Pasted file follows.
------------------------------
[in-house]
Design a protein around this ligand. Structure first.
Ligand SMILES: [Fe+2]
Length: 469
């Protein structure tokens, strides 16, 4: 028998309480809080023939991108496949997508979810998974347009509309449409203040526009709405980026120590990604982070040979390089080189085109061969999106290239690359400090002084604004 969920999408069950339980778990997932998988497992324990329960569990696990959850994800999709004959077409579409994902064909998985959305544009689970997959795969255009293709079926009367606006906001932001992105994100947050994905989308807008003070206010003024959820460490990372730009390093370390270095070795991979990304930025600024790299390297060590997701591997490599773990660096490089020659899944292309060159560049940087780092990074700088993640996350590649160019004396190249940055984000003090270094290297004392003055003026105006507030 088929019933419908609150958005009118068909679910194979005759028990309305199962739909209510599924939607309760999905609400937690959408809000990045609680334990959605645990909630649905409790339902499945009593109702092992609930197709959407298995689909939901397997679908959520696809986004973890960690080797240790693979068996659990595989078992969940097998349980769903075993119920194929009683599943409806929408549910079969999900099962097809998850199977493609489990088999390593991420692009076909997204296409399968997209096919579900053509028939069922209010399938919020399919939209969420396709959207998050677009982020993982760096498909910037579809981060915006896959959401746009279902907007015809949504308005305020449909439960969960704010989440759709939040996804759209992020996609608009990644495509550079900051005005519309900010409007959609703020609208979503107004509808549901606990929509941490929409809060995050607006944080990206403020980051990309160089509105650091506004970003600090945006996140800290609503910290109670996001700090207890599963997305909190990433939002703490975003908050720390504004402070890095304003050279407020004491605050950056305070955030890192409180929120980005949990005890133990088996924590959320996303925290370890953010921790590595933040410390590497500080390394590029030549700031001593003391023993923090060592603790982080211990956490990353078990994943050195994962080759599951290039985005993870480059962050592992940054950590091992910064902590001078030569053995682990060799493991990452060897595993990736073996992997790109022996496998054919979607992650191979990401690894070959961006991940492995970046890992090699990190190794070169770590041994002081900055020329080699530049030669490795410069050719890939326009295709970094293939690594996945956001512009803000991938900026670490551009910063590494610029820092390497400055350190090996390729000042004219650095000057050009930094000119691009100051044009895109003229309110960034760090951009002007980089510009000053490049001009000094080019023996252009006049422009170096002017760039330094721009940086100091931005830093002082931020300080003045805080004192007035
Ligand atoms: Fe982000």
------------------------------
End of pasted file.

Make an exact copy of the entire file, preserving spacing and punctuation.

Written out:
[in-house]
Design a protein around this ligand. Structure first.
Ligand SMILES: [Fe+2]
Length: 469
């Protein structure tokens, strides 16, 4: 028998309480809080023939991108496949997508979810998974347009509309449409203040526009709405980026120590990604982070040979390089080189085109061969999106290239690359400090002084604004 969920999408069950339980778990997932998988497992324990329960569990696990959850994800999709004959077409579409994902064909998985959305544009689970997959795969255009293709079926009367606006906001932001992105994100947050994905989308807008003070206010003024959820460490990372730009390093370390270095070795991979990304930025600024790299390297060590997701591997490599773990660096490089020659899944292309060159560049940087780092990074700088993640996350590649160019004396190249940055984000003090270094290297004392003055003026105006507030 088929019933419908609150958005009118068909679910194979005759028990309305199962739909209510599924939607309760999905609400937690959408809000990045609680334990959605645990909630649905409790339902499945009593109702092992609930197709959407298995689909939901397997679908959520696809986004973890960690080797240790693979068996659990595989078992969940097998349980769903075993119920194929009683599943409806929408549910079969999900099962097809998850199977493609489990088999390593991420692009076909997204296409399968997209096919579900053509028939069922209010399938919020399919939209969420396709959207998050677009982020993982760096498909910037579809981060915006896959959401746009279902907007015809949504308005305020449909439960969960704010989440759709939040996804759209992020996609608009990644495509550079900051005005519309900010409007959609703020609208979503107004509808549901606990929509941490929409809060995050607006944080990206403020980051990309160089509105650091506004970003600090945006996140800290609503910290109670996001700090207890599963997305909190990433939002703490975003908050720390504004402070890095304003050279407020004491605050950056305070955030890192409180929120980005949990005890133990088996924590959320996303925290370890953010921790590595933040410390590497500080390394590029030549700031001593003391023993923090060592603790982080211990956490990353078990994943050195994962080759599951290039985005993870480059962050592992940054950590091992910064902590001078030569053995682990060799493991990452060897595993990736073996992997790109022996496998054919979607992650191979990401690894070959961006991940492995970046890992090699990190190794070169770590041994002081900055020329080699530049030669490795410069050719890939326009295709970094293939690594996945956001512009803000991938900026670490551009910063590494610029820092390497400055350190090996390729000042004219650095000057050009930094000119691009100051044009895109003229309110960034760090951009002007980089510009000053490049001009000094080019023996252009006049422009170096002017760039330094721009940086100091931005830093002082931020300080003045805080004192007035
Ligand atoms: Fe982000």